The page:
His father snatched up the phone? “Who is this?” he demanded, then he frowned and replaced the receiver. “They’ve gone, whoever they were,” he said.
“Was it her again?” Sam’s mother asked, hovering at the foot of the stairs. “The woman that rang this morning?”
“I guess so,” said Sam. “She said to get out of the house. She asked why we were still here.” And then it hit him. “She said ‘why are you still here?”, he said, glancing at his mother. “Not ‘there’. Why would she say ‘here’ unless she was...”
“In the house,” said his mother.
The doorbell rang.
Mrs Jacobs stood on the doorstep looking uncharacteristically alert.
“You’re Clive she said, looking pleased with herself.
“Mrs Jacobs, it 11.30.”
“Is it?” said Mrs Jacobs, resting a blue/grey hand on the door frame and stepping into the hallway.
“What can we do for you?” asked Clive, grudgingly standing to one side to allow her in.
“He’s here isn’t he,” said Mrs Jacobs.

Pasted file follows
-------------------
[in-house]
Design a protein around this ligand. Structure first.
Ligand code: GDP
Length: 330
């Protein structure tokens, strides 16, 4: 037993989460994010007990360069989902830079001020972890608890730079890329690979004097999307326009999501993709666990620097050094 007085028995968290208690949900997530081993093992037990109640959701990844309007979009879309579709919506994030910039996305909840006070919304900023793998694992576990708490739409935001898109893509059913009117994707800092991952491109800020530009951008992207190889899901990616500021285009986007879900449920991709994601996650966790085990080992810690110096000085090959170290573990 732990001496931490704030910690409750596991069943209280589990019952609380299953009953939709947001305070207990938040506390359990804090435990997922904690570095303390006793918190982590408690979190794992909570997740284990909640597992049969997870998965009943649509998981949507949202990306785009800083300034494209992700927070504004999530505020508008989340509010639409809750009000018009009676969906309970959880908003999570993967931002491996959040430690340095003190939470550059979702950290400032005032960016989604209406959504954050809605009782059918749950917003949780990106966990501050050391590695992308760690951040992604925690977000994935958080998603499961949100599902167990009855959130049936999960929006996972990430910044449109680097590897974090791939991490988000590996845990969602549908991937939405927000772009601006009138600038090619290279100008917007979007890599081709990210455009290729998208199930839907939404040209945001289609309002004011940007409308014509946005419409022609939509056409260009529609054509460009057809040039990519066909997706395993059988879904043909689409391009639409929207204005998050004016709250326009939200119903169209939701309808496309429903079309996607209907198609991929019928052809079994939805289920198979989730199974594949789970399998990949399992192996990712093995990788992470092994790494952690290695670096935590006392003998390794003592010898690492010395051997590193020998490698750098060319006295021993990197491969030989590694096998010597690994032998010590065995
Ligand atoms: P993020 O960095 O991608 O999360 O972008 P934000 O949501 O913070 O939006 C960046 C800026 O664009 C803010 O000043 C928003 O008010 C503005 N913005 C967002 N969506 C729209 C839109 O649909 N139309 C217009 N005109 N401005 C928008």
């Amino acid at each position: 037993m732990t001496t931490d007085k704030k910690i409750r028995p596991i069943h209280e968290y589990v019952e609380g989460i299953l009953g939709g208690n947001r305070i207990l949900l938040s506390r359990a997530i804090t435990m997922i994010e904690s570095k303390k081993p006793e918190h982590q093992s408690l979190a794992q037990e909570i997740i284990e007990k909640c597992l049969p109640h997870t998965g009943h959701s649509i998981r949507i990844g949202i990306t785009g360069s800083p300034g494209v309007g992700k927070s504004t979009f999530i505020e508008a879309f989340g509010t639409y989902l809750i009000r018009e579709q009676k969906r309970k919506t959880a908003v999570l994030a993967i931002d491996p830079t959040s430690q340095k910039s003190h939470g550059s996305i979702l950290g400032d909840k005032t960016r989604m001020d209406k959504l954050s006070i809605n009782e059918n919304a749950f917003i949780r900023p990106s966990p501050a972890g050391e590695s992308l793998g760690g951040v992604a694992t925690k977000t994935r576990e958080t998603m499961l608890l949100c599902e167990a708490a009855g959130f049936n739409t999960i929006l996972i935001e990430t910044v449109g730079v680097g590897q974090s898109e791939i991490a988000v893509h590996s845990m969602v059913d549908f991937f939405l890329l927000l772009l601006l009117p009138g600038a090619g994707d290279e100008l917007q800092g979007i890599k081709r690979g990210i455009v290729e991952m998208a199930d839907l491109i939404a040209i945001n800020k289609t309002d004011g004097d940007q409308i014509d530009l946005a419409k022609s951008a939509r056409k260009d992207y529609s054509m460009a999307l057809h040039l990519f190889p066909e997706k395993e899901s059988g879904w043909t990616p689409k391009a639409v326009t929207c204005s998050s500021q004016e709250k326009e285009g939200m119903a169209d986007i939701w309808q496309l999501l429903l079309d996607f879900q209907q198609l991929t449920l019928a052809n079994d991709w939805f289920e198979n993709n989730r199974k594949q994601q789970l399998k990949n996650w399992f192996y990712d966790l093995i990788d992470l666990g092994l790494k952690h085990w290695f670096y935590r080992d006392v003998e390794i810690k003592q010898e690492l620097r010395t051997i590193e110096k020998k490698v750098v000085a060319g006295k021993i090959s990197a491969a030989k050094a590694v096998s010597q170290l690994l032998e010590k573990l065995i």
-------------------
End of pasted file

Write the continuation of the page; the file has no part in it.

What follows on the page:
“Who?” asked Clive, watching Mrs Jacobs’ slow progress across the hallway to the living-room.
“What do you want?” demanded Julie.
“Cup of tea, two sugars please,” replied Mrs Jacobs, sitting with a loud groan in the armchair usually reserved for Clive.
Julie scowled and looked to her mother for guidance. Clive looked at Claire too, although why he expected her to say anything useful was beyond him. She’d been making no sense at all lately.
“Maybe we should all have a cup of tea,” said Claire, watching Mrs Jacobs intently, and joining her in the living room. “What did you want to say, Mrs Jacobs?” she asked.
Mrs Jacobs seemed to have momentarily forgotten about them. She was staring at the TV, which now showed a black screen with a bright dot in the centre. “Is it that late already?” she muttered.
“Mrs Jacobs,” prompted Claire.
“Mrs Jacobs, what is it you want?” asked Clive gruffly, standing over her now, looking down at her pink scalp, barely covered by her white, downy hair.
“To speak to him,” said Mrs Jacobs. “To tell him to leave you alone.”
“Who?” asked Clive and Claire together.
“John Stanton,” said Mrs Jacobs, without looking away from the TV.
“Who the Hell is...” began Clive.